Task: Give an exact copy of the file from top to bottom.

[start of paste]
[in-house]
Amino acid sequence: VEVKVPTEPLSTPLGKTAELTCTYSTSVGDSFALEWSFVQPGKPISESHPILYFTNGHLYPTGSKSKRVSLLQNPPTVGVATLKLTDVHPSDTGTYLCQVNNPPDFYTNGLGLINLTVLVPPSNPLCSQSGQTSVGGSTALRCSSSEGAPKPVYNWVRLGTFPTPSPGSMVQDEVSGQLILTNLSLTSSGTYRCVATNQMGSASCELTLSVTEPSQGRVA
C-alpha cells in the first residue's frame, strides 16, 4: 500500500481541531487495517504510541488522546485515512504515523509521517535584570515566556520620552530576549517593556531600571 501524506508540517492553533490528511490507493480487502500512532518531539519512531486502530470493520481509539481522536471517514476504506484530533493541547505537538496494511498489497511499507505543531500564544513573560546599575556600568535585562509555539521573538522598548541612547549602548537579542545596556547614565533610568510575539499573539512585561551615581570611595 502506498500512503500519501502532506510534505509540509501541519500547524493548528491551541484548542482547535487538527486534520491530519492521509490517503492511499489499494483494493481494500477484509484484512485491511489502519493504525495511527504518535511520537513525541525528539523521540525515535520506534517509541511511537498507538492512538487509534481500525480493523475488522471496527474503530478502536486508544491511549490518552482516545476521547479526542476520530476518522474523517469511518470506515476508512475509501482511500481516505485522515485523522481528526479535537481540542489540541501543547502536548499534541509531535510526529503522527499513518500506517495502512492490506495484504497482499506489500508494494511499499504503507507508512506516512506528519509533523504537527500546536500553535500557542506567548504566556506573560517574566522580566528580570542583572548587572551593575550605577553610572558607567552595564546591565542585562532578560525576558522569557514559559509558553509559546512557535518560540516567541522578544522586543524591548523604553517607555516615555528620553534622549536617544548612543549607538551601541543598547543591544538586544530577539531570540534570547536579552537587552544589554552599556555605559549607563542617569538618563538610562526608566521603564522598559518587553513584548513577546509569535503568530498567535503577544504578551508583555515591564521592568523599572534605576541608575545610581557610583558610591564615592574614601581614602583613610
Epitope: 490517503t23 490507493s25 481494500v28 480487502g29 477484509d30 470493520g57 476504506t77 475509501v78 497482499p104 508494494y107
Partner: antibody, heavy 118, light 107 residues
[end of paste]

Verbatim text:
[in-house]
Amino acid sequence: VEVKVPTEPLSTPLGKTAELTCTYSTSVGDSFALEWSFVQPGKPISESHPILYFTNGHLYPTGSKSKRVSLLQNPPTVGVATLKLTDVHPSDTGTYLCQVNNPPDFYTNGLGLINLTVLVPPSNPLCSQSGQTSVGGSTALRCSSSEGAPKPVYNWVRLGTFPTPSPGSMVQDEVSGQLILTNLSLTSSGTYRCVATNQMGSASCELTLSVTEPSQGRVA
C-alpha cells in the first residue's frame, strides 16, 4: 500500500481541531487495517504510541488522546485515512504515523509521517535584570515566556520620552530576549517593556531600571 501524506508540517492553533490528511490507493480487502500512532518531539519512531486502530470493520481509539481522536471517514476504506484530533493541547505537538496494511498489497511499507505543531500564544513573560546599575556600568535585562509555539521573538522598548541612547549602548537579542545596556547614565533610568510575539499573539512585561551615581570611595 502506498500512503500519501502532506510534505509540509501541519500547524493548528491551541484548542482547535487538527486534520491530519492521509490517503492511499489499494483494493481494500477484509484484512485491511489502519493504525495511527504518535511520537513525541525528539523521540525515535520506534517509541511511537498507538492512538487509534481500525480493523475488522471496527474503530478502536486508544491511549490518552482516545476521547479526542476520530476518522474523517469511518470506515476508512475509501482511500481516505485522515485523522481528526479535537481540542489540541501543547502536548499534541509531535510526529503522527499513518500506517495502512492490506495484504497482499506489500508494494511499499504503507507508512506516512506528519509533523504537527500546536500553535500557542506567548504566556506573560517574566522580566528580570542583572548587572551593575550605577553610572558607567552595564546591565542585562532578560525576558522569557514559559509558553509559546512557535518560540516567541522578544522586543524591548523604553517607555516615555528620553534622549536617544548612543549607538551601541543598547543591544538586544530577539531570540534570547536579552537587552544589554552599556555605559549607563542617569538618563538610562526608566521603564522598559518587553513584548513577546509569535503568530498567535503577544504578551508583555515591564521592568523599572534605576541608575545610581557610583558610591564615592574614601581614602583613610
Epitope: 490517503t23 490507493s25 481494500v28 480487502g29 477484509d30 470493520g57 476504506t77 475509501v78 497482499p104 508494494y107
Partner: antibody, heavy 118, light 107 residues